Friday, August 30, 2013

March on Washington notebook: What I noticed

White House photo: President and Mrs. Obama, Presidents
Clinton and Carter, emerge from "backstage"
at the Lincoln Memorial
I live and work in Washington, DC, where most weekends see at least three carefully scheduled protest marches, evenly spaced and with maps provided so the locals can avoid them as needed. But this week, the march of marches returned, marking the 50th anniversary of the March on Washington and the Rev. Martin Luther King, Jr.'s "I have a dream" speech.

I watched the proceedings through many lenses. The daughters of Presidents Johnson and Kennedy stood on the platform and I saw my childhood represented--these women were my contemporaries-from-afar. The songs and call-and-response conventions of speaking pulled me back into my growing-up years, set against a background of protest marches, songs and legislation to pull blacks, women, gays and lesbians and others into some semblance of parity.

I campaigned for President Carter when he ran for that high office, and he pulled me back into the era this week, slyly admitting that "every handshake from Daddy King, every hug from Coretta, got me a million Yankee votes." Using the nickname made the grand setting more intimate, a nod to the insiders--I didn't hear Dr. King's father referred to any other way, back in the day. Carter gave us another intimate moment when he spoke of the invisible and basic effort he made as a board of education member in Georgia. He convinced other white board members to come out to see all the schools--not just the nice white kids' schools, but the makeshift schools in which black children learned because they couldn't be sent on buses to proper schools. If you fell for the optics and asked why old white men were on the program, it's because they walked this walk alongside the original marchers. As Carter said of his fellow presidents on the platform this day, none of them likely would have been elected if King's speech and the march had not taken place.

I call President Clinton my president because I served as a senior official in his administration, and we were used to hearing him called the "first black president," a moniker that would be shunned by many. I've been able to watch Mr. Clinton advance as a speaker for two decades now, and as a coach of speakers, wish more of us could manage his relaxed, non-anxious way of relating to the audience and sharing tough talking points without being strident. Far from it: He pushed us with the image of "stubborn gates" standing in the way of progress, and urged us on in a era he sees as "brimming with possibilities." Watch his gestures and facial expressions, writ small in a large setting, but speaking volumes.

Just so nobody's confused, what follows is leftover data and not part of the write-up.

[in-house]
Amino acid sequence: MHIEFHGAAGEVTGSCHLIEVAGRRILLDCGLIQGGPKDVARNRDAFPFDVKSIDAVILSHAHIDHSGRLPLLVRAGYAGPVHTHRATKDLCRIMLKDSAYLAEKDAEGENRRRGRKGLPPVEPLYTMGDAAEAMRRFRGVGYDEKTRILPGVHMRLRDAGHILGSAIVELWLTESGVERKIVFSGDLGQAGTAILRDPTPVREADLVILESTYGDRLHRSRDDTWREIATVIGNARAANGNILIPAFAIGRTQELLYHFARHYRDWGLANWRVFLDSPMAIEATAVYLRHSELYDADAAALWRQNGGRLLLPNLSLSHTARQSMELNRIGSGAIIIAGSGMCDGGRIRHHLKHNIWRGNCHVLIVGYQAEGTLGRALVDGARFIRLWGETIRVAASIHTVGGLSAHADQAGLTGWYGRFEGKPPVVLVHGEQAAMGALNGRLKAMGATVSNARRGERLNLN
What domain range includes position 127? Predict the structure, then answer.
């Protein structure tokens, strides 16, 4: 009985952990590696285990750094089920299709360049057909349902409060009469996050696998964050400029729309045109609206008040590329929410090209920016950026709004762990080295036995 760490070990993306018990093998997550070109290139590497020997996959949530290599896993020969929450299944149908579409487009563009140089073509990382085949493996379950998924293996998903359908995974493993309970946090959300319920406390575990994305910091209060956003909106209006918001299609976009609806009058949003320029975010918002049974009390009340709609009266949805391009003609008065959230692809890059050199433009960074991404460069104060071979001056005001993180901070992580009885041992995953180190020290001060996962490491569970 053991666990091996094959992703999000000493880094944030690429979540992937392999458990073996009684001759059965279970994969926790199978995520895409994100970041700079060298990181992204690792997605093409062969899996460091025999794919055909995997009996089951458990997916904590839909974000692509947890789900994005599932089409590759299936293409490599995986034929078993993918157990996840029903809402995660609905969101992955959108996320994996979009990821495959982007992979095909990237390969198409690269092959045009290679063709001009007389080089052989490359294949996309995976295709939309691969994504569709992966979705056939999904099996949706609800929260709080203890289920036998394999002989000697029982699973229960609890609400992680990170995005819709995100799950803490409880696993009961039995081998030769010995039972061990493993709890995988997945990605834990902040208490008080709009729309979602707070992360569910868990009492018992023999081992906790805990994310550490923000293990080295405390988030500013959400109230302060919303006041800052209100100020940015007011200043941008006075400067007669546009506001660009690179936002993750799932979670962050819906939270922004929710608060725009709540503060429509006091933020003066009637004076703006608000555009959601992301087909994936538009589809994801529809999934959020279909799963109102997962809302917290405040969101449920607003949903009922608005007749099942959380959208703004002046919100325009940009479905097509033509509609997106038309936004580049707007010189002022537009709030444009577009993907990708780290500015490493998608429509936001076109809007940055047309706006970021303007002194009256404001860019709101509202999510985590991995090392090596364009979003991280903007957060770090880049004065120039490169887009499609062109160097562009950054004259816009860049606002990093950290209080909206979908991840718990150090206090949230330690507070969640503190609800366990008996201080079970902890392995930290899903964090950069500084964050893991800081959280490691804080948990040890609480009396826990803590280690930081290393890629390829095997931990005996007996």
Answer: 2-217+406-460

President Obama had the day's toughest job, and handled it sparingly and with respect. He was humble yet presidential, the right mix, leaving the message to what anyone could see, without putting too fine a rhetorical point on it. The embodiment for many of King's yearning for justice, he barely touched on himself in his speech, saying "I" only rarely and referring to his ground-breaking presidency only elliptically.

His speech had a calm energy and verve and rhythm, with two repetitive riffs where he detailed the progress we've reached "because they marched," and later, talking about where "that courage" has led us. Best for me were the moments where he connected the ordinary people of today--the teacher who spends her own money on supplies for her students, as my niece Valerie has done--with the marchers of the past. For a crowd that listened to the familiar themes and rhetorical devices as comfortably as well-worn slippers, he gave them new running shoes as well, a path forward and a picture of themselves in the shoes of the marchers. On this day, the president spoke for the marchers, past and present, and not himself, and that's what we needed.

And yes, readers, this time--unlike the first march--women were included thoroughly in the program. Even better, for me, was watching the learning unfold on social media as today's marchers and observers learned how thoroughly women were excluded the last time. Progress, indeed.

I love the White House photo I've posted here: a current and two former presidents and a First Lady, all ground-breakers, seeming as small as ants in the shadow of the massive statue of Abraham Lincoln, which loomed in the shadows as backdrop to the day. Living here, you could take that backdrop for granted--but not in a week like this one.

If you found this post useful, please subscribe or make a one-time donation to help support the thousands of hours that go into researching and curating this content for you.